Tuesday, August 11, 2015

Importing Robot Parts from the USA - How not to do it!

1. How Not to Do It

As mentioned previously, we are using the Arlo robotics platform as the base for AVA. We placed an order with Parallax for the bottom and top decks, power distribution board, motors, wheels and a bunch of sensors on the 14th July. The total cost was USD939.67 and shipping cost USD 119.10. So far so good.

What I didn't know (or more likely had forgotten) was that importing anything worth over AUD1,000 attracts the attention of Australian Customs. To summarise the current situation:
  • For goods that are worth equal to or under AUD1,000, there are no duties, taxes or charges to pay.
  • For goods that are worth more than AUD1,000, you will need to fill out a special form called an Import Declaration, and pay duties, taxes and charges.
  • You will need to pay duties and taxes on some goods (like tobacco or alcohol) regardless of their value
  • Certain types of goods are not allowed to be brought into Australia, or else need special permits.
So stupidly, we placed an order for just over $1K Aussie. This is where you disappear down the rabbit hole.

2. Then Things get Difficult

On the 31st July, I got notice from Parallax that they had shipped the order. Woo Hoo! Parallax provide a helpful link which allows you to track the package as it wings it way to you. On August 4th, the package landed in Australia and then I started seeing the dreaded "Held in Customs" message. No problem we thought, there must be some sort of clearance process, a day or so and the package will be on its way. Nope. On the 10th August we receive a formal letter from Australia Post stating that "the goods you are importing are being held, pending completion of Customs formalities". What's more if you don't sort this out promptly you will start being charged a daily storage charge (called Demurrage - because storage charge would be too obvious) and after a month, the goods will be returned to the sender.

3. Exiting the Rabbit Hole

Mental note - don't order goods worth over $1k on the internet again! Ok, how do we sort this mess out? Australia Post helpfully provides another 2 pages of instructions of where to from here. The process is as follows:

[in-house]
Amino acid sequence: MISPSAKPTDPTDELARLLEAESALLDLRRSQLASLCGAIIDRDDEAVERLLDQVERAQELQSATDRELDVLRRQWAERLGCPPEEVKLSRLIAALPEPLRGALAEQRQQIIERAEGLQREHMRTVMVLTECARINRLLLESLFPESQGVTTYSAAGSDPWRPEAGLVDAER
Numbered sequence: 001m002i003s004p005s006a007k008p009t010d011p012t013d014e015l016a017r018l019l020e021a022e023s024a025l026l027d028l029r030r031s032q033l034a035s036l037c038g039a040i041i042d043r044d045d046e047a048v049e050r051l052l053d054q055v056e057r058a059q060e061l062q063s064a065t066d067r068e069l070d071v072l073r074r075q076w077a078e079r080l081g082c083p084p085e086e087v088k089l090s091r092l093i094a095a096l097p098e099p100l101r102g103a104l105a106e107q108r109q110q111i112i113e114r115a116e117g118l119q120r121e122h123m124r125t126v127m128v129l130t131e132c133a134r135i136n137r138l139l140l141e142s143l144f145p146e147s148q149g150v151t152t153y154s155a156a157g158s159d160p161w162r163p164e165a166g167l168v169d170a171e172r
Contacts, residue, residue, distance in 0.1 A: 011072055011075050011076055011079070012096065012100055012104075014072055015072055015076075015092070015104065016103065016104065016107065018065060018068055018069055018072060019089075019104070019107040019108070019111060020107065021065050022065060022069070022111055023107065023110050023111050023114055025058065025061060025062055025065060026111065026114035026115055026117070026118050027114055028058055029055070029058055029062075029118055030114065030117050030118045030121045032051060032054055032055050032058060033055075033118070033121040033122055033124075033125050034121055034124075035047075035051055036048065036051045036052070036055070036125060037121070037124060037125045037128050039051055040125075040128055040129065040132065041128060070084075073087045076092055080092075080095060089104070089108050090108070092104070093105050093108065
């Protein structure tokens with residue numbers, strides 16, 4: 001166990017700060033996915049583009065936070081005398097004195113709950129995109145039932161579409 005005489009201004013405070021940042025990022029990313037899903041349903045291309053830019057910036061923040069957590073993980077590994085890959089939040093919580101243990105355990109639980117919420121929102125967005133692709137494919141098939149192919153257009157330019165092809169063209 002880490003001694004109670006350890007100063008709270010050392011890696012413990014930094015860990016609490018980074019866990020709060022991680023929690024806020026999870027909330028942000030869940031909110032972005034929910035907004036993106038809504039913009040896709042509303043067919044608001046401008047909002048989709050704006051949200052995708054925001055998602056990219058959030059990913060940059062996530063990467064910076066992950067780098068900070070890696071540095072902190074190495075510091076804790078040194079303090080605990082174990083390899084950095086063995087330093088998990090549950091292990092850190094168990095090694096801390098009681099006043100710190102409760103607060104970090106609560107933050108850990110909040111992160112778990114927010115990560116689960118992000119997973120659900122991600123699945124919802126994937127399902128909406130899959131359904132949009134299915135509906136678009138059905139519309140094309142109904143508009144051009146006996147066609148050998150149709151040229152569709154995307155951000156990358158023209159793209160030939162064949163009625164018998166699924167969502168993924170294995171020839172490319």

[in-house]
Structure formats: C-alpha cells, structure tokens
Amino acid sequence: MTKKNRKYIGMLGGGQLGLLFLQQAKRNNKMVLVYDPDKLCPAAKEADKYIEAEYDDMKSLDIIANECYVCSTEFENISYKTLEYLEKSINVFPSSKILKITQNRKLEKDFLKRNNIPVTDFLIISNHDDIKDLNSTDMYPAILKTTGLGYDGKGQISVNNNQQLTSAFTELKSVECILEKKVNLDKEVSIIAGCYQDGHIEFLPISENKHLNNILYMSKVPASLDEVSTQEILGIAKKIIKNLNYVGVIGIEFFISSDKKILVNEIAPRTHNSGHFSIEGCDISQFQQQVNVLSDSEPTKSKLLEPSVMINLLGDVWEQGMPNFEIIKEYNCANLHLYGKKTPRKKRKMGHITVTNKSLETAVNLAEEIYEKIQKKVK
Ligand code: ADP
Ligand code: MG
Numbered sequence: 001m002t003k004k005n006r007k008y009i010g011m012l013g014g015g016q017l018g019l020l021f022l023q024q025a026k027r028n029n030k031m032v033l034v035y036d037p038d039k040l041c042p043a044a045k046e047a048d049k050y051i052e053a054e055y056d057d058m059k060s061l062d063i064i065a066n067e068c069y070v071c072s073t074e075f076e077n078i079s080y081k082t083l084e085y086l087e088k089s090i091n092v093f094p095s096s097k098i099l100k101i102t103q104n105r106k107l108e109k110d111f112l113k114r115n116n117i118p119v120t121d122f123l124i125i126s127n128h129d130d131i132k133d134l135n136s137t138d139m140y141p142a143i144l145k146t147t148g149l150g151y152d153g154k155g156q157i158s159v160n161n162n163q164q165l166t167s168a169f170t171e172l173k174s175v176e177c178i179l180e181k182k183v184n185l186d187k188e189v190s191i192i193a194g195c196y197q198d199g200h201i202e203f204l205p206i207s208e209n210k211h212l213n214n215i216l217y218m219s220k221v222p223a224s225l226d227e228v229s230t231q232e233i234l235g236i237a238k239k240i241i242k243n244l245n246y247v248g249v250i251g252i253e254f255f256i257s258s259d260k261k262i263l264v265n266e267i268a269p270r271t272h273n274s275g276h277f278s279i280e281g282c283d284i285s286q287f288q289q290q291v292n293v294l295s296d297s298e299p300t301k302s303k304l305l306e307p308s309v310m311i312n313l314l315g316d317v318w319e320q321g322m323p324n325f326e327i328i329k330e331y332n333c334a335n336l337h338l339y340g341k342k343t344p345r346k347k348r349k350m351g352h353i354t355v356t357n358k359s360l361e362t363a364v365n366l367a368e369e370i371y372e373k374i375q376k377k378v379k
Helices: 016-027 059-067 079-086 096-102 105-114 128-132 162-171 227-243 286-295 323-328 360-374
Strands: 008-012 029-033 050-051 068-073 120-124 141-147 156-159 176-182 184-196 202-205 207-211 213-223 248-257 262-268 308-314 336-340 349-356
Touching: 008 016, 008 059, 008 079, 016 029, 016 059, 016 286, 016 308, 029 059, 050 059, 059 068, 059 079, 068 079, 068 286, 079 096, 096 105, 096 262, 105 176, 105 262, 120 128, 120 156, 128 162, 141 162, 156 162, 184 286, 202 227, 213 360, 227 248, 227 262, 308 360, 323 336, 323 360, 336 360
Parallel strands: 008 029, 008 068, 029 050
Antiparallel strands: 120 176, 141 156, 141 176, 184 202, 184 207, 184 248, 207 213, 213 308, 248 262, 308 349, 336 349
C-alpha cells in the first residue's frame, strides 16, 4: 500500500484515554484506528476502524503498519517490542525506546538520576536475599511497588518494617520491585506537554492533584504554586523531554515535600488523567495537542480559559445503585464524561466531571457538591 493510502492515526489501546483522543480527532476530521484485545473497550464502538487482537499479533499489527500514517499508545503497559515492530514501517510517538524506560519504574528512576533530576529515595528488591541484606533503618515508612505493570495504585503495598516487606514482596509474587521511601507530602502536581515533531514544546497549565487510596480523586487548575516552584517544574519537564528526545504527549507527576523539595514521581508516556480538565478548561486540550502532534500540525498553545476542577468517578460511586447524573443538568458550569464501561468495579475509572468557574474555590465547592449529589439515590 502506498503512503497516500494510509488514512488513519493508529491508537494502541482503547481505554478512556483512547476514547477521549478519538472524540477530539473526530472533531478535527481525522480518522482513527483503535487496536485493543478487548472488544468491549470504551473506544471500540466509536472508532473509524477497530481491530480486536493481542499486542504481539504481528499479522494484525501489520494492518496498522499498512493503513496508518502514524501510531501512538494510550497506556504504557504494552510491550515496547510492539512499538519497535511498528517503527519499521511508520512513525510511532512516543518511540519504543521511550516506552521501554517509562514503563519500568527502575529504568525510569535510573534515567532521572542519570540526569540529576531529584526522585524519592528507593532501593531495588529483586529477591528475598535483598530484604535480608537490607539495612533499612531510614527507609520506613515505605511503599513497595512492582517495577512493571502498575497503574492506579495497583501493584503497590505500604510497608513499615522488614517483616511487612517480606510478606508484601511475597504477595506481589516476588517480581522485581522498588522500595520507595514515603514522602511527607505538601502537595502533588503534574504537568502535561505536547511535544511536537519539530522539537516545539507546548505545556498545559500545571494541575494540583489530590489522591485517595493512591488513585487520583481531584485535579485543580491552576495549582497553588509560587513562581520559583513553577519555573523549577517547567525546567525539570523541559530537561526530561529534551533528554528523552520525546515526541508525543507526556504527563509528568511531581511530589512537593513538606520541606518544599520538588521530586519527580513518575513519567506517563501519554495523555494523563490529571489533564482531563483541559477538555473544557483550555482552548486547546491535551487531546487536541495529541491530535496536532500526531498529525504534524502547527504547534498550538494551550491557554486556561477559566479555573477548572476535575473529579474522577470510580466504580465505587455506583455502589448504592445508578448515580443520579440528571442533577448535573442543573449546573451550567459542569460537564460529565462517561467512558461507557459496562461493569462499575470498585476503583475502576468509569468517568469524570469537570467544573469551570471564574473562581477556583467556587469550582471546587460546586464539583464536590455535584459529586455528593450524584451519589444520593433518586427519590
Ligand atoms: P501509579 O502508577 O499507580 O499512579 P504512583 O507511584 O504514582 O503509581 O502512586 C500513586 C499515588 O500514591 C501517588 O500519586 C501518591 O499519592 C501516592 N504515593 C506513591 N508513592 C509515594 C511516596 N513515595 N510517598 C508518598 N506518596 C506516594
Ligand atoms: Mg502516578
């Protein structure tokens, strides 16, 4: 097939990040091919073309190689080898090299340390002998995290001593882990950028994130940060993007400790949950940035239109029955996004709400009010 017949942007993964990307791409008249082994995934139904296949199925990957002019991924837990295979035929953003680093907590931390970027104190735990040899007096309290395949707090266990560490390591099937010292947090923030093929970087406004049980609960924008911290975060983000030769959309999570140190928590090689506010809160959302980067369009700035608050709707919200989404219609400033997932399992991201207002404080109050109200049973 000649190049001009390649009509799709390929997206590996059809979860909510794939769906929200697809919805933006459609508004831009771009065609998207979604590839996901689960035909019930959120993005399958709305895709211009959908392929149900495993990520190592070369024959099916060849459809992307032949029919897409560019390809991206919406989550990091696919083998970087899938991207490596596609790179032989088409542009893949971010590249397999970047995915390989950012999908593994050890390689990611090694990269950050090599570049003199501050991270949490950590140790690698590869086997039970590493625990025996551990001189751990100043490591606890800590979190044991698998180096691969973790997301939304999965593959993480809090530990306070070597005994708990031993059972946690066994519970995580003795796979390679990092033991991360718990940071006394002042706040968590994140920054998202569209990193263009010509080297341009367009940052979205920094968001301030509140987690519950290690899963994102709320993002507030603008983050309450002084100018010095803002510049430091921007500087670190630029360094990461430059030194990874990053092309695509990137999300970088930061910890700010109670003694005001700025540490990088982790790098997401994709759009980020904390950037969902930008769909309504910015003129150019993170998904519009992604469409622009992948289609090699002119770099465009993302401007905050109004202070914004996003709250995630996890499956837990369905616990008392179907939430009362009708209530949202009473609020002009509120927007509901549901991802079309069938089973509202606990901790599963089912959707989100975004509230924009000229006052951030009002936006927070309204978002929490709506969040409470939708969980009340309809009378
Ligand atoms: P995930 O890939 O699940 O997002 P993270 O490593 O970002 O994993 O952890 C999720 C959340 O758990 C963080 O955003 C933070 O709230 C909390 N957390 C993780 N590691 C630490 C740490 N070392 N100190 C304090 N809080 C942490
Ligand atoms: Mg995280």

1. Download and complete import Declaration (N10) - Post (Form number 8374) Including Tariff Classification.
  2. Submit an Import Declaration  to Department of Immigration and Border Protection (DIBP).
  3. Your import declaration is assessed for Duty and GST. Allow 5 working days for this, unless additional documentation is required (of course it will be). There is also a manual processing charge of $48.85 on top of the Duty and GST.
  4. You then receive a payment advice. After payment processing which takes up to 3 days, Australia Post is notified that they can dispatch your goods. Expect delivery in 1 - 7 days.
When I stopped crying and the alcohol therapy had done its job, I pulled myself together and said "we can do this!"

4. I was wrong...

I did manage to download "Import Declaration (N10) - Post (Form B374)". This electronic form has a helpful feature that prevents copying and pasting so you need to type it all in. No problems, the bureaucracy and their 13 digit identification codes won't beat me! Then you get to the tariff classification and statistical code section. The first bead of sweat appears. Perhaps Dr Google can assist. Apparently there are 13,000 customs tariffs and 4,000 concessions. You read on, you have to provide the tariff classification and statistical code for every line item in your order. We have 16 items in the order and are starting to feel sick. Then there is Section 243T, which means that Customs can hit you with a Strict Liability Penalty of $2,550 should you get the declaration wrong (even unintentionally).

5. Plan B

We quickly came to the conclusion that we were out of our league. Difficult as it is to believe you are better of hiring a licensed customs broker to manage this process for you. We used eCustoms Broker (for no other reason than they came up first on the search list) but have been very happy with the results. They process the form in one day (3 hours if you are really impatient and want to pay a bit more) and charge $77. There is an electronic processing fee of $40.20, which is cheaper than the manual fee if you do it yourself. I had to pay the GST of $144.39 but because Australia has a Free Trade Agreement (FTA) with the US you don't have to pay duty if the goods are manufactured in the US. I'm not sure how difficult this concession would have been to get if you did it yourself but it would add at least add another 5 days as there is another form to fill in. For the speed and not having to wade through 13,000 tariff codes I'm happy to pay $77. The only difficult part was explaining what the parts were for and what the robot would do...

6. Changes from 2017

At a recent meeting of State and Federal Treasurers it was agreed that from 2017, there will no longer be a $1000 threshold for the GST for online purchases.

That means, in 2017, everything you buy online, no matter the cost, will be at least ten per cent more expensive. This will come into effect from July 1st of that year - so buy up now!

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